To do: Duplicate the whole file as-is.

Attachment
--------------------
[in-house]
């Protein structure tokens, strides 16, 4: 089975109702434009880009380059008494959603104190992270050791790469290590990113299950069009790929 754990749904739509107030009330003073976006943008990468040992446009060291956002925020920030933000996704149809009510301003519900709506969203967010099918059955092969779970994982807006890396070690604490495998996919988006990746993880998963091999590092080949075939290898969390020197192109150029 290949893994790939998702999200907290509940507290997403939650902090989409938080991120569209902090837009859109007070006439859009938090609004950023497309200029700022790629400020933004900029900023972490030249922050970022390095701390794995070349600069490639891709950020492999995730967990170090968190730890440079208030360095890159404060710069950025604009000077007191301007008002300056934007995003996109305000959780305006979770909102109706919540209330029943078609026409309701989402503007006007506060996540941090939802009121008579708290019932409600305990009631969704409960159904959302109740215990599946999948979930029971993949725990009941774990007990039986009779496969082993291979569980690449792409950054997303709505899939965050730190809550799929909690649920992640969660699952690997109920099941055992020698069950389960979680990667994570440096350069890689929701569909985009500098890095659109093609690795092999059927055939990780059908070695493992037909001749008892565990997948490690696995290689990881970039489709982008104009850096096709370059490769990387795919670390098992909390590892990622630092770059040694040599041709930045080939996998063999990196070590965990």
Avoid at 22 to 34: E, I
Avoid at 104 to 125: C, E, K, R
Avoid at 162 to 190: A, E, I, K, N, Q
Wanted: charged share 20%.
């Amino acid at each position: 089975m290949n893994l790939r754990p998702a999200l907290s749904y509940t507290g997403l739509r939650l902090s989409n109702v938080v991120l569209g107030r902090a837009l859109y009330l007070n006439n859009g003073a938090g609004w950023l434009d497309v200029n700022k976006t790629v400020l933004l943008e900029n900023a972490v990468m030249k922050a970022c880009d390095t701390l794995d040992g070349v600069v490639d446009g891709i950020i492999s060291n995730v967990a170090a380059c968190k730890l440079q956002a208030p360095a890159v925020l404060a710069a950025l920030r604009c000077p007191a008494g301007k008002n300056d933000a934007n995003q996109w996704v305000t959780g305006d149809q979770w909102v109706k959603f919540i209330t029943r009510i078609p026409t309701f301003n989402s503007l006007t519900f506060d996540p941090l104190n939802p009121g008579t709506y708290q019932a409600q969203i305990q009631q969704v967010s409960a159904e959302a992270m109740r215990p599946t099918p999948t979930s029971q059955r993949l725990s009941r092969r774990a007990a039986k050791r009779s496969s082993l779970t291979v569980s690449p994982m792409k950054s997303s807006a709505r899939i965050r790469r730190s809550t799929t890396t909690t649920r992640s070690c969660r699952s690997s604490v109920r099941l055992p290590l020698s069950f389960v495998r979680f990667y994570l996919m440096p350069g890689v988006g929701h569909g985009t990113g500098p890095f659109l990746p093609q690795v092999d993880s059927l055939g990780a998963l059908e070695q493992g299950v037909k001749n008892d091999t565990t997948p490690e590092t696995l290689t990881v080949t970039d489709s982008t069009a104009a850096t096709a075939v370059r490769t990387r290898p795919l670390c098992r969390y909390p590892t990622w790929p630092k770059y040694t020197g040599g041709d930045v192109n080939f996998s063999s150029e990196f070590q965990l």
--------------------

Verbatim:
[in-house]
């Protein structure tokens, strides 16, 4: 089975109702434009880009380059008494959603104190992270050791790469290590990113299950069009790929 754990749904739509107030009330003073976006943008990468040992446009060291956002925020920030933000996704149809009510301003519900709506969203967010099918059955092969779970994982807006890396070690604490495998996919988006990746993880998963091999590092080949075939290898969390020197192109150029 290949893994790939998702999200907290509940507290997403939650902090989409938080991120569209902090837009859109007070006439859009938090609004950023497309200029700022790629400020933004900029900023972490030249922050970022390095701390794995070349600069490639891709950020492999995730967990170090968190730890440079208030360095890159404060710069950025604009000077007191301007008002300056934007995003996109305000959780305006979770909102109706919540209330029943078609026409309701989402503007006007506060996540941090939802009121008579708290019932409600305990009631969704409960159904959302109740215990599946999948979930029971993949725990009941774990007990039986009779496969082993291979569980690449792409950054997303709505899939965050730190809550799929909690649920992640969660699952690997109920099941055992020698069950389960979680990667994570440096350069890689929701569909985009500098890095659109093609690795092999059927055939990780059908070695493992037909001749008892565990997948490690696995290689990881970039489709982008104009850096096709370059490769990387795919670390098992909390590892990622630092770059040694040599041709930045080939996998063999990196070590965990």
Avoid at 22 to 34: E, I
Avoid at 104 to 125: C, E, K, R
Avoid at 162 to 190: A, E, I, K, N, Q
Wanted: charged share 20%.
């Amino acid at each position: 089975m290949n893994l790939r754990p998702a999200l907290s749904y509940t507290g997403l739509r939650l902090s989409n109702v938080v991120l569209g107030r902090a837009l859109y009330l007070n006439n859009g003073a938090g609004w950023l434009d497309v200029n700022k976006t790629v400020l933004l943008e900029n900023a972490v990468m030249k922050a970022c880009d390095t701390l794995d040992g070349v600069v490639d446009g891709i950020i492999s060291n995730v967990a170090a380059c968190k730890l440079q956002a208030p360095a890159v925020l404060a710069a950025l920030r604009c000077p007191a008494g301007k008002n300056d933000a934007n995003q996109w996704v305000t959780g305006d149809q979770w909102v109706k959603f919540i209330t029943r009510i078609p026409t309701f301003n989402s503007l006007t519900f506060d996540p941090l104190n939802p009121g008579t709506y708290q019932a409600q969203i305990q009631q969704v967010s409960a159904e959302a992270m109740r215990p599946t099918p999948t979930s029971q059955r993949l725990s009941r092969r774990a007990a039986k050791r009779s496969s082993l779970t291979v569980s690449p994982m792409k950054s997303s807006a709505r899939i965050r790469r730190s809550t799929t890396t909690t649920r992640s070690c969660r699952s690997s604490v109920r099941l055992p290590l020698s069950f389960v495998r979680f990667y994570l996919m440096p350069g890689v988006g929701h569909g985009t990113g500098p890095f659109l990746p093609q690795v092999d993880s059927l055939g990780a998963l059908e070695q493992g299950v037909k001749n008892d091999t565990t997948p490690e590092t696995l290689t990881v080949t970039d489709s982008t069009a104009a850096t096709a075939v370059r490769t990387r290898p795919l670390c098992r969390y909390p590892t990622w790929p630092k770059y040694t020197g040599g041709d930045v192109n080939f996998s063999s150029e990196f070590q965990l």